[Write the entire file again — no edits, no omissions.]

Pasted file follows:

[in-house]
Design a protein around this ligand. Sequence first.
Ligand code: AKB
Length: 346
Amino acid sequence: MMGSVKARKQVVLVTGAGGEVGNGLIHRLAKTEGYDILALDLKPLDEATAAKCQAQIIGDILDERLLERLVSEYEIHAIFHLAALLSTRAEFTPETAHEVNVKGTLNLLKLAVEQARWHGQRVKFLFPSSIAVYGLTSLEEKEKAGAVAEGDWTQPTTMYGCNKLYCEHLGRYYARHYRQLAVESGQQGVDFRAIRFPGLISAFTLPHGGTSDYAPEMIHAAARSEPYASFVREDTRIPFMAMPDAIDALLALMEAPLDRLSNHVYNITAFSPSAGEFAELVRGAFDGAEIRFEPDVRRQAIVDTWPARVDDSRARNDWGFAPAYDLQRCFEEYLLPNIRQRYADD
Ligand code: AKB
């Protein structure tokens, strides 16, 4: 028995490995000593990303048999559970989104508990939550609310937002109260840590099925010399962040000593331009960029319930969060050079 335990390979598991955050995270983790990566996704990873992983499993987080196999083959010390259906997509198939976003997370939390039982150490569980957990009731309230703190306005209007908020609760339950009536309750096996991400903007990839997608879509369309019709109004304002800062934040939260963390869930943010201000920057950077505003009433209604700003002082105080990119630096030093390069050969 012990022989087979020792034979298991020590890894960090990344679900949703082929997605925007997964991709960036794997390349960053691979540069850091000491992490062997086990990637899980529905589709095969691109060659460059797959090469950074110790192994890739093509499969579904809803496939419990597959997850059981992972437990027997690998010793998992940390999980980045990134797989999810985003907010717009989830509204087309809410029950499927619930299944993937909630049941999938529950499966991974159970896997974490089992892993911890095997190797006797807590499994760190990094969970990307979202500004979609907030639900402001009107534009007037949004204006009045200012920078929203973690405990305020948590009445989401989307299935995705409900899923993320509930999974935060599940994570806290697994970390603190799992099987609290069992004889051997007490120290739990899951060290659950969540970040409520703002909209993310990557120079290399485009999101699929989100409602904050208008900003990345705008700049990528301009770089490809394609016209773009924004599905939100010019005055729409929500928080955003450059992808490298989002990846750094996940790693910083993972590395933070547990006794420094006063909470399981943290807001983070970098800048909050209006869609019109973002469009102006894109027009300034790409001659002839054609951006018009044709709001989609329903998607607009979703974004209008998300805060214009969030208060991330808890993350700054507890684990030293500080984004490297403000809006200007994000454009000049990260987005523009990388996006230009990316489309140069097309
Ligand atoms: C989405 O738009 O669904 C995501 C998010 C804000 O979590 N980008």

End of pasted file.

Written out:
[in-house]
Design a protein around this ligand. Sequence first.
Ligand code: AKB
Length: 346
Amino acid sequence: MMGSVKARKQVVLVTGAGGEVGNGLIHRLAKTEGYDILALDLKPLDEATAAKCQAQIIGDILDERLLERLVSEYEIHAIFHLAALLSTRAEFTPETAHEVNVKGTLNLLKLAVEQARWHGQRVKFLFPSSIAVYGLTSLEEKEKAGAVAEGDWTQPTTMYGCNKLYCEHLGRYYARHYRQLAVESGQQGVDFRAIRFPGLISAFTLPHGGTSDYAPEMIHAAARSEPYASFVREDTRIPFMAMPDAIDALLALMEAPLDRLSNHVYNITAFSPSAGEFAELVRGAFDGAEIRFEPDVRRQAIVDTWPARVDDSRARNDWGFAPAYDLQRCFEEYLLPNIRQRYADD
Ligand code: AKB
């Protein structure tokens, strides 16, 4: 028995490995000593990303048999559970989104508990939550609310937002109260840590099925010399962040000593331009960029319930969060050079 335990390979598991955050995270983790990566996704990873992983499993987080196999083959010390259906997509198939976003997370939390039982150490569980957990009731309230703190306005209007908020609760339950009536309750096996991400903007990839997608879509369309019709109004304002800062934040939260963390869930943010201000920057950077505003009433209604700003002082105080990119630096030093390069050969 012990022989087979020792034979298991020590890894960090990344679900949703082929997605925007997964991709960036794997390349960053691979540069850091000491992490062997086990990637899980529905589709095969691109060659460059797959090469950074110790192994890739093509499969579904809803496939419990597959997850059981992972437990027997690998010793998992940390999980980045990134797989999810985003907010717009989830509204087309809410029950499927619930299944993937909630049941999938529950499966991974159970896997974490089992892993911890095997190797006797807590499994760190990094969970990307979202500004979609907030639900402001009107534009007037949004204006009045200012920078929203973690405990305020948590009445989401989307299935995705409900899923993320509930999974935060599940994570806290697994970390603190799992099987609290069992004889051997007490120290739990899951060290659950969540970040409520703002909209993310990557120079290399485009999101699929989100409602904050208008900003990345705008700049990528301009770089490809394609016209773009924004599905939100010019005055729409929500928080955003450059992808490298989002990846750094996940790693910083993972590395933070547990006794420094006063909470399981943290807001983070970098800048909050209006869609019109973002469009102006894109027009300034790409001659002839054609951006018009044709709001989609329903998607607009979703974004209008998300805060214009969030208060991330808890993350700054507890684990030293500080984004490297403000809006200007994000454009000049990260987005523009990388996006230009990316489309140069097309
Ligand atoms: C989405 O738009 O669904 C995501 C998010 C804000 O979590 N980008």